In the world of cosmology, the trend of discovering these amazing and well designed mature galaxies which are very distant, and very soon after what secular scientists believe was to be the ‘big bang’ continues!
Using enhanced vision along with a gravitational lens, astronomers at Johns Hopkins University were able to find a galaxy a mere 500 million years from the current assumption on what is the beginning of the universe.
Science magazine’s abstract goes like this…
“Astronomers have recently spotted a galaxy dating back to a mere 500 million years after the big bang. The galaxy, some 13.2 billion light-years from Earth, sets a new record for most distant object sighted by astronomers. Such distant, ancient images are technically beyond the reach of existing telescopes.”
“Imaging the infant universe is a primary goal of the James Webb Space Telescope, being built at a cost of $8.7 billion and expected to launch in 2018. Yet astronomers got a sneak preview thanks to gravitational lensing: an effect in which gravity’s ability to bend light turns weighty objects such as galaxy clusters into magnifying glasses for sources behind them.”
The galaxy’s redshift of z = 9.6 is a record for astronomers, which means it existed close to the beginning. The trend of discovering these mature structures discovered closer and closer to the ‘big bang’ is causing a problem within their framework because it is leaving cosmologists little time to go from random particles to “lumpy” structures like stars and galaxies. Could there be hyper-speed in cosmology evolution being invoked here?
Another estimate in the original paper in Nature, puts the galaxy as being even younger…
“We estimate that it formed less than 200 million years after the Big Bang (at the 95 per cent confidence level), implying a formation redshift of ≲14. Given the small sky area that our observations cover, faint galaxies seem to be abundant at such a young cosmic age, suggesting that they may be the dominant source for the early re-ionization of the intergalactic medium.”
“Epoch of re-ionization” was believed to be 750 million years after the first stars. But a recent discovery by the South Pole Telescope, reported by science daily says this…
“Analysis of data from the National Science Foundation’s South Pole Telescope, for the first time, more precisely defines the period of cosmological evolution when the first stars and galaxies formed and gradually illuminated the universe. The data indicate that this period, called the epoch of reionization, was shorter than theorists speculated — and that it ended early.”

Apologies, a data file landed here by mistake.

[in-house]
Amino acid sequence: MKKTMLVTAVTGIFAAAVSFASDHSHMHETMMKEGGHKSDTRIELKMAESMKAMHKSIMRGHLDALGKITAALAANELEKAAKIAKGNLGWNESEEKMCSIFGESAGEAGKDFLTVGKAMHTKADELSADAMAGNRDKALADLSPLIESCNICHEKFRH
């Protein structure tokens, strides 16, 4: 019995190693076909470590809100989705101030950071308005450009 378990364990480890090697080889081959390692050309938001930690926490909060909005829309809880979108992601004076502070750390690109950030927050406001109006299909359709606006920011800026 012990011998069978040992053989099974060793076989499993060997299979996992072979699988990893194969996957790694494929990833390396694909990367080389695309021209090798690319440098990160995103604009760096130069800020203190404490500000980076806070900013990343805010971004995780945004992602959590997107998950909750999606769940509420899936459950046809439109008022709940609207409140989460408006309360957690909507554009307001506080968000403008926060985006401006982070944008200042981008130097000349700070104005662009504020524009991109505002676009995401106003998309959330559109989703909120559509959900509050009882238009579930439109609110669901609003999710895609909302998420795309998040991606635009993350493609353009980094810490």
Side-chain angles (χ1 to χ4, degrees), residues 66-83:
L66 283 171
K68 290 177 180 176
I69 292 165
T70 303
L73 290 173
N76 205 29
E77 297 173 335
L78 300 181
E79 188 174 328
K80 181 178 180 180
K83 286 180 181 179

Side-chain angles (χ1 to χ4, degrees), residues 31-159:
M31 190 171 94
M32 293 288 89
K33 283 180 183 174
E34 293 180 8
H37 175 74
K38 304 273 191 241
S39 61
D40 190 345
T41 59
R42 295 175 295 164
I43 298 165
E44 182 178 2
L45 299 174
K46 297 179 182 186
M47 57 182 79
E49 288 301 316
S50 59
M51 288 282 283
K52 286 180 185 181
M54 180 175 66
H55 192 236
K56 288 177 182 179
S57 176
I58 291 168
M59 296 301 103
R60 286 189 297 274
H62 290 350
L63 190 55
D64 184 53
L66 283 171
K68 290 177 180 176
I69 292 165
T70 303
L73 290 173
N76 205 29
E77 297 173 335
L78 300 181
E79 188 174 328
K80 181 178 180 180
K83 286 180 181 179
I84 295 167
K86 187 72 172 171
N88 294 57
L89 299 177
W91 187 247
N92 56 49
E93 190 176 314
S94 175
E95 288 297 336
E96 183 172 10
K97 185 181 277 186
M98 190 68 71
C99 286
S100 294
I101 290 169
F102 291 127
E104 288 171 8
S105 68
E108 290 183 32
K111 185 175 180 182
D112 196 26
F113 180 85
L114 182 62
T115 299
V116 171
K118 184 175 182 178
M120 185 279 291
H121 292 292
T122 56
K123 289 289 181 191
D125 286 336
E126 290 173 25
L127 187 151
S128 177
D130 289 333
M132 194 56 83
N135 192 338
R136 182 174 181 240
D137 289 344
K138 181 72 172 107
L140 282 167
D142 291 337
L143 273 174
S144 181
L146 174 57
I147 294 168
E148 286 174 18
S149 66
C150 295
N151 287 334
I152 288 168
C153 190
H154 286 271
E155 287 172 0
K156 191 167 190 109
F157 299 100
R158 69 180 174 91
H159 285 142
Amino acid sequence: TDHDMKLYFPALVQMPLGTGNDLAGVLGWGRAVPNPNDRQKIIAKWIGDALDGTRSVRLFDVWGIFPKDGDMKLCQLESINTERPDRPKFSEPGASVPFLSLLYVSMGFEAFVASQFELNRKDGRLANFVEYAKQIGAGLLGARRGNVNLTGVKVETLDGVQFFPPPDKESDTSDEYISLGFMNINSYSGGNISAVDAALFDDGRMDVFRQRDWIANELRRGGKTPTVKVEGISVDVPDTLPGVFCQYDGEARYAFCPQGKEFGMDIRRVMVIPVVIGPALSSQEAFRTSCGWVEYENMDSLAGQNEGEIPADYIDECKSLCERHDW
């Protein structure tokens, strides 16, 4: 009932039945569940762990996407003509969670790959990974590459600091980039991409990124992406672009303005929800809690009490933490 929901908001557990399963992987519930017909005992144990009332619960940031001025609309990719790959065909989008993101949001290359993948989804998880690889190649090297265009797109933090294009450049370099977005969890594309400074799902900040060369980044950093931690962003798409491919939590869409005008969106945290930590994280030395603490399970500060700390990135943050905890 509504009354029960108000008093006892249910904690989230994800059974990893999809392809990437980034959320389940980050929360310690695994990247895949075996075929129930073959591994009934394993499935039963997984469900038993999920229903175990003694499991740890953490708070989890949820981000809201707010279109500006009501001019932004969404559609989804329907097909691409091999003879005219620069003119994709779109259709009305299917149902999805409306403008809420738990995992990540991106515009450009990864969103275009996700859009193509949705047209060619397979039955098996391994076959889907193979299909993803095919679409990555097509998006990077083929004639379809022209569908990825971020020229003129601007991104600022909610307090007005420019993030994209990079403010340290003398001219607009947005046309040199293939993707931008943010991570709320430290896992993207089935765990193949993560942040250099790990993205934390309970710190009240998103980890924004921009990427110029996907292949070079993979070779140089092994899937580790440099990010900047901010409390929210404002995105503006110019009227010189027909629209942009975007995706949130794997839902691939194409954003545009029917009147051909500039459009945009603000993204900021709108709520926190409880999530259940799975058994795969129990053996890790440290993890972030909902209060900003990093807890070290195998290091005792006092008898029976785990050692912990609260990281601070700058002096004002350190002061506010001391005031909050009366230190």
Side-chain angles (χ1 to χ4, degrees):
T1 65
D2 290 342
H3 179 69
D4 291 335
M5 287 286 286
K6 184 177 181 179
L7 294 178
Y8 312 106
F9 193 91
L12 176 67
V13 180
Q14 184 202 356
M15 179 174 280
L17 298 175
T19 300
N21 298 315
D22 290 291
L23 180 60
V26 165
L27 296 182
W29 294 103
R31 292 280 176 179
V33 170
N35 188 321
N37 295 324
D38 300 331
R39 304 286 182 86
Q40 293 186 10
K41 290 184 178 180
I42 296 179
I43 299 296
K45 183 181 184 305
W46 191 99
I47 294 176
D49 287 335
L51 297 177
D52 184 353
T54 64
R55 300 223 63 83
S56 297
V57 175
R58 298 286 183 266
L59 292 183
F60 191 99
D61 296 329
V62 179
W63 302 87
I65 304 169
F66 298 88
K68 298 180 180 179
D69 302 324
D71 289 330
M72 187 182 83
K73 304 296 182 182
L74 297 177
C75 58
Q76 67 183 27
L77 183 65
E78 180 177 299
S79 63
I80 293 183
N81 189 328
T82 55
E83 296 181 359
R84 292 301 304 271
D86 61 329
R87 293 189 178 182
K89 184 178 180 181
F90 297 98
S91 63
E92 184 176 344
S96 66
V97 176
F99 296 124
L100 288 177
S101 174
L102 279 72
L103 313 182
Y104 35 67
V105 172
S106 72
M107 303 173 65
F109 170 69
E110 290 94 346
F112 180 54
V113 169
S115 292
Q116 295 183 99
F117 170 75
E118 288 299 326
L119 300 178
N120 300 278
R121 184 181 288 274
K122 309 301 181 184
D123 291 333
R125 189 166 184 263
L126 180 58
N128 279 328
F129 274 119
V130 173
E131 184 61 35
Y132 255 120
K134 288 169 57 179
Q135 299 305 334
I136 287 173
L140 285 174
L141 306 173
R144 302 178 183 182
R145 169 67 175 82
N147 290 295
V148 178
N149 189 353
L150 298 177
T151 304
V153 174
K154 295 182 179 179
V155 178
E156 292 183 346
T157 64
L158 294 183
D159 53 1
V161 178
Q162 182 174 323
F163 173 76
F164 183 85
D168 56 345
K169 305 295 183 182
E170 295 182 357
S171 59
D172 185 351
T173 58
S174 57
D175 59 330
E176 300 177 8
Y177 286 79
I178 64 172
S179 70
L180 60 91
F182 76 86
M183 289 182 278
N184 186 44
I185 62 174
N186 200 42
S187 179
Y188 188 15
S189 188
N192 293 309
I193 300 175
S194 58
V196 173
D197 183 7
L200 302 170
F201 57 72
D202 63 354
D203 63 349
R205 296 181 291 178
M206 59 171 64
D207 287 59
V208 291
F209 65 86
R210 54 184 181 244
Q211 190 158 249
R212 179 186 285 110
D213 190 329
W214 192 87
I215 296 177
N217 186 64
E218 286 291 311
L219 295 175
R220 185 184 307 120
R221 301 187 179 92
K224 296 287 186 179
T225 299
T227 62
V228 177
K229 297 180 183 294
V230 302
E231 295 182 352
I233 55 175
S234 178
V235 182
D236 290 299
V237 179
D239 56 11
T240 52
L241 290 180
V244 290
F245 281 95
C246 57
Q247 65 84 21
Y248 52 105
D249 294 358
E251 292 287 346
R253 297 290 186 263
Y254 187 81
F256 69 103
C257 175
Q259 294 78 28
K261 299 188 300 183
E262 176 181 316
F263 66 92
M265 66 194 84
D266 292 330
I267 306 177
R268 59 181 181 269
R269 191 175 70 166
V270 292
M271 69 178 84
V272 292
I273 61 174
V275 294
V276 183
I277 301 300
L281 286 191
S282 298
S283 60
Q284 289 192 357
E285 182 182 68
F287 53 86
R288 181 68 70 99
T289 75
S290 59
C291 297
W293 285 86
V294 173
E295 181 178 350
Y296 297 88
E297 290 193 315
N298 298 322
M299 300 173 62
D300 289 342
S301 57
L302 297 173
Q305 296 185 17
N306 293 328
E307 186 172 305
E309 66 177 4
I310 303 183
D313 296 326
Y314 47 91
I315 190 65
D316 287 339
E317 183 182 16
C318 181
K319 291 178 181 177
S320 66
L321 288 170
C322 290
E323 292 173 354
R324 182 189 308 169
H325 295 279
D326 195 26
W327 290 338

“The epoch’s short duration indicates that reionization was more explosive than scientists had previously thought. It suggests that massive galaxies played a key role in reionization, because smaller galaxies would have formed much earlier.”
“Epoch of re-ionization” is not believed to be between 250 and 500 million years after the big bang! This idea causes confusion (increased complexity) with its own framework because if these massive galaxies played such a key role, it then shortens the time available for the first stars to form, the first dwarf galaxies to form, and then the massive galaxies to form!
Chronological order is required and also a key part to obtain the necessary energy for the re-ionization epoch: “The first stars that formed were probably 30 to 300 times more massive than the sun and millions of times as bright, burning for only a few million years before exploding.”
Over the last 10 years, cosmology has been experiencing pretty good amounts of increased complexity within its framework because of advancements in obtaining new data. Take a look at some of these discoveries which happened in the last 10 years…
1) Quasar 800 million years after big bang: “The extremely high mass is difficult to explain for an object formed so soon after the Big Bang, as it’s theorized supermassive black holes build their mass slowly through galactic mergers and matter accretion.” -Before Its News
2) Mature Galaxies Discovered in Jan 2004…“It’s not quite time for theorists to panic, but we’re getting there,” said astronomer Roberto Abraham of the University of Toronto, Canada, after announcing his group’s discovery of a startling number of mature galaxies in the young universe.” -HighBeam Research
3) A year later in 2005, Galaxy-formation theory is in peril. “These chunky babies may be pointing to a cosmic crisis. They don’t seem to fit the leading theory of galaxy formation, which cosmologists have relied on for more than 2 decades.…”
4) In 2006, another mature galaxy discovered. “Mature galaxy 700 million years after big bang. “The simplest explanation is that the Universe is just too young to have built up many luminous galaxies at z approximately ~7–8 by the hierarchical merging of small galaxies.” -Nature
5) In 2009, Hubble discovers a galaxy…“600 million years after the Big Bang. No galaxies have been seen before at such early times.” -The Hindu: Sci-Tech
6) In 2011, Surprise! Ancient Galaxy Cluster Still Looks Young. “…In an unexpected twist, the galaxy cluster looks very similar to the younger, massive galaxy clusters seen in the universe today.” –space.com
Cosmology in chaos? We see that surprises are the norm rather than a progression of confirmations. Secular cosmologists did not expect to find early maturity, like finding a 2 year old child looking like an 80 year old man! Does one expect to find in the future more out of place observations according to secular cosmology, you bet! Because it’s the wrong framework to use as the new advancements in space exploration shows!